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DENVER -- Wearing a mask in Colorado has become a new normal to help contain the spread of COVID-19, but not everyone has been wearing masks and, depending on the person, their reasons for not doing so can vary.
It’s become America’s new fault line: To wear or not wear a mask. For some, the answer's easy. For others, however, it’s deeper than just wrapping a cloth mask around their face.
People who wear masks say they don’t wear it for themselves, but more so to protect others.
Jason Seidel, the director of the Colorado Center for Clinical Excellence and a practicing psychologist, says a person’s decision to not wear one could be based on fear, while Vyga Kaufmann, a part-time instructor of psychology and neuroscience at CU Boulder, says it was mixed messages on masks from the start that determined people’s decisions.
Why some people don't wear masks
People who don’t wear masks told Denver7 it’s an attack on their liberty and don’t see the need when nobody else is around.
The Centers for Disease Control and Prevention (CDC) initially told the public face masks weren't necessary and in fact, went so far as to say their mass use would help propagate the novel coronavirus. But as the outbreak got worse and cases of asymptomatic people spreading the new virus started to come to light, that opinion started to change. Now, the CDC says wearing a cloth face mask can help slow the spread of COVID–19 and since then, many people started paying attention.
Sarah Foster says it’s upsetting when she sees others not wearing masks and not acknowledging the seriousness of the new virus.
"Sometimes I do feel upset because I’m trying to do what I can and I want other people to do what they can as well. Even if I’m not concerned about getting the virus, I don’t know who else is at risk when I walk around so I wear it for others and I’m happy to wear it," Foster said.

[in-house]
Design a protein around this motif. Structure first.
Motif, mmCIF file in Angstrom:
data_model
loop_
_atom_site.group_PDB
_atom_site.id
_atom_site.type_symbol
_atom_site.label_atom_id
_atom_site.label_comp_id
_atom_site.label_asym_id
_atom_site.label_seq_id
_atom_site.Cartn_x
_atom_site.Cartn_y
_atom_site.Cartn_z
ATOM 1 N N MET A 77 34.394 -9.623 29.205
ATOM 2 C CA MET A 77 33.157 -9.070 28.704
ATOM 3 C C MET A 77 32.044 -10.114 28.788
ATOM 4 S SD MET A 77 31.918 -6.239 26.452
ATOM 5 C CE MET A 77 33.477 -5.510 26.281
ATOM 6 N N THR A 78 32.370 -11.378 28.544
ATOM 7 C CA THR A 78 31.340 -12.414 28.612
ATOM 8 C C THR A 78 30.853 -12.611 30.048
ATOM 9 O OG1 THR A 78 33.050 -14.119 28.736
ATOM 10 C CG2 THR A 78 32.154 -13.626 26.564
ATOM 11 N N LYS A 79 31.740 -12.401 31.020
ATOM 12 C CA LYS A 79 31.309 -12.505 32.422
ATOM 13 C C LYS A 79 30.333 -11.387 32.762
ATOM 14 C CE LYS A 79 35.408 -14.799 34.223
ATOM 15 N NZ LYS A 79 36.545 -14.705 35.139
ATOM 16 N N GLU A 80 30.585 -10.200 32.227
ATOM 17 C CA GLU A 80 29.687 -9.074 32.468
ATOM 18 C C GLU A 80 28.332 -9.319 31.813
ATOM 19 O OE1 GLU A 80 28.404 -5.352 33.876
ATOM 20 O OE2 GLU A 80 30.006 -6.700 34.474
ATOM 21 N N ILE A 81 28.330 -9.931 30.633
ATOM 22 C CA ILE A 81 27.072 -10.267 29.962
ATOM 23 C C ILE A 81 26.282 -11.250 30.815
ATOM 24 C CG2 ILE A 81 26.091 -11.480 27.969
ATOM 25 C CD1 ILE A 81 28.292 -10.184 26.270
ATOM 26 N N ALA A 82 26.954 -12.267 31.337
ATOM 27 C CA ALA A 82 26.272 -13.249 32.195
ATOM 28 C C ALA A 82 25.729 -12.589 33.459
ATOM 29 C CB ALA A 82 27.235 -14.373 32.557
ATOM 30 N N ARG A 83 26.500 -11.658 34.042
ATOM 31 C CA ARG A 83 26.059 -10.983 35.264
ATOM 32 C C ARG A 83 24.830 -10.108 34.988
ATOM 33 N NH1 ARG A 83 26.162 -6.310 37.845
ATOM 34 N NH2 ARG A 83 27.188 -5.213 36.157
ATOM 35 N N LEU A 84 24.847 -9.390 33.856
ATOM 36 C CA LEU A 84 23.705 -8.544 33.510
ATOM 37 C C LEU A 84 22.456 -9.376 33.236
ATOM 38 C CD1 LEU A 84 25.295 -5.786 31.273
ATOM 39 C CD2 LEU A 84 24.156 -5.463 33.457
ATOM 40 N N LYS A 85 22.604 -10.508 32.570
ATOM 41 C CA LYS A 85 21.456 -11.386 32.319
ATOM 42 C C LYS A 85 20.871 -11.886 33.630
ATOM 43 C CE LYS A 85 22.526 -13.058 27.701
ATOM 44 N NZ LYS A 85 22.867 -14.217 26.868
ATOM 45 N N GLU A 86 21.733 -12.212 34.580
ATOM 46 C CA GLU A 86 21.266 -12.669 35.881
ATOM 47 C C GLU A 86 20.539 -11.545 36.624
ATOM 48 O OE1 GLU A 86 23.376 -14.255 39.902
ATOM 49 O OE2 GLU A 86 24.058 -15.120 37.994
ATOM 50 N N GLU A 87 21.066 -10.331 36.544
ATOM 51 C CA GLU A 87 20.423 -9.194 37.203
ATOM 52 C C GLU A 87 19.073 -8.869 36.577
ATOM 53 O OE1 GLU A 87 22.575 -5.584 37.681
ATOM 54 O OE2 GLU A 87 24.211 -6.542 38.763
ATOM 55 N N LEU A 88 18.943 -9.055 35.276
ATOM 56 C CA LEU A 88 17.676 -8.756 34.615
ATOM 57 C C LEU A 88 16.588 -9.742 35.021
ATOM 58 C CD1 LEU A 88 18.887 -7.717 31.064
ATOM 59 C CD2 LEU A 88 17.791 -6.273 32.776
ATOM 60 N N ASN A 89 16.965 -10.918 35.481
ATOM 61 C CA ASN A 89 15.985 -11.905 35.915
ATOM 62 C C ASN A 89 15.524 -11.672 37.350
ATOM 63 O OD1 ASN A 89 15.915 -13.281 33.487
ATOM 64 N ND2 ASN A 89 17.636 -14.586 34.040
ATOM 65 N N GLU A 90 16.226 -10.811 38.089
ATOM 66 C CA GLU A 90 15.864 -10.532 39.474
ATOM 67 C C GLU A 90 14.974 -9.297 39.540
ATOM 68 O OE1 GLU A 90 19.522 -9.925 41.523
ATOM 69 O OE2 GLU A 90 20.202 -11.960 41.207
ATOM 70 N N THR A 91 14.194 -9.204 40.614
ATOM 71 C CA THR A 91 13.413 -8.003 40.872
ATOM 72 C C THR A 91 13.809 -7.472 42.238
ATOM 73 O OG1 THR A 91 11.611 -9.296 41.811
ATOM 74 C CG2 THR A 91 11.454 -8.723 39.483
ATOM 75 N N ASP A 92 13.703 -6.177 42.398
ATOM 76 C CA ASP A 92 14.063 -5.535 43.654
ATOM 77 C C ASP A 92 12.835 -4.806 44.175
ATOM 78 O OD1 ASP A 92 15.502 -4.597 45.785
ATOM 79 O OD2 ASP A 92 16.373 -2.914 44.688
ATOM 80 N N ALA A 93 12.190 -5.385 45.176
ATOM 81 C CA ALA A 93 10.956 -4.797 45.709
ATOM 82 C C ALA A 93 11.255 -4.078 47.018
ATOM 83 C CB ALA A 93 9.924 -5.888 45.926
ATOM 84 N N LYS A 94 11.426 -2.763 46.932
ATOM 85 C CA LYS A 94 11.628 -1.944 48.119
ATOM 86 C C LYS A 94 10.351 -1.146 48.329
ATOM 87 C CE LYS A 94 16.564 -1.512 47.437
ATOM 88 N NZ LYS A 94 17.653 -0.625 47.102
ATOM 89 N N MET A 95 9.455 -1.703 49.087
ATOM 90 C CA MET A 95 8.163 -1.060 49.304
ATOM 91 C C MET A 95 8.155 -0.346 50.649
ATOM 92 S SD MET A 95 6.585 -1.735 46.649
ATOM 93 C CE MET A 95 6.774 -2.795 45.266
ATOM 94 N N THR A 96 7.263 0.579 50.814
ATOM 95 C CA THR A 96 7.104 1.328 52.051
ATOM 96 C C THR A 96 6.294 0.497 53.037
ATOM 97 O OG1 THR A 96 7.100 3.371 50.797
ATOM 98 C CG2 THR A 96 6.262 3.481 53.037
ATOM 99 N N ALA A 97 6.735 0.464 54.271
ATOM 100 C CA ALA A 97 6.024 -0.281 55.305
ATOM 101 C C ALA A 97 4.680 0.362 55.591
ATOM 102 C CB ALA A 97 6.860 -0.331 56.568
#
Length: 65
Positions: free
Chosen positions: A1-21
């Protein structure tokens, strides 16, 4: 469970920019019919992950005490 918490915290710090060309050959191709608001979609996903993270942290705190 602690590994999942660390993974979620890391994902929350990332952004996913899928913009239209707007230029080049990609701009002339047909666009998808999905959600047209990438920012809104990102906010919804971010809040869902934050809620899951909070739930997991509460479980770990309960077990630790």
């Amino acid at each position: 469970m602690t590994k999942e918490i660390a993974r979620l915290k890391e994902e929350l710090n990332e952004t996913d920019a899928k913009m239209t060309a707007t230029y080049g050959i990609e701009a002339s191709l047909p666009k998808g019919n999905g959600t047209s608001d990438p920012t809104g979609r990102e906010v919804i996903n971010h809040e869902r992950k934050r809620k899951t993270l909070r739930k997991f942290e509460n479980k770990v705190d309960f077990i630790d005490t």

For Kaufmann, the reason people don't wear masks is because of mixed messages about them that deterred people from wanting to wear them now.
"In the beginning, the messages around masks was (sic) kind of fumbled so there was an attitude that was formed that masks were not necessary and, in fact, that they should be saved for health care workers, so it seemed almost indulgent to be wearing masks," Kaufmann said.
Plus, she added, people also refuse to wear a mask due to the feeling of not seeing a direct impact from wearing one.
"From a psychological perspective, they can’t see the benefit," Kaufmann said. "None of us can really. ... We’re not rewarded for wearing a mask."
But for Seidel, it’s deeper than not buying into a message. He said he believes people’s decision to not wear a mask is actually a sign of their fear to fully acknowledge the pandemic.
"The idea of facing our own fears about what this could mean and what the future is going to hold and not knowing a lot of those answers, can be just too much to bear and what we do is we avoid feeling that fear and deny what is actually going on," Seidel said.
Although masks have become a part of Colorado’s culture, for Laura Ryan, it’s partly an attack on her constitutional rights.
"People, they feel like their liberties are taken away from them when they’re told to do X, Y, Z and they may not want to and this is America, last I heard," Ryan said.
As Denver begins its own mask-wearing regulation Wednesday, the debate will continue with no clear sight of when people will be able to lift their masks.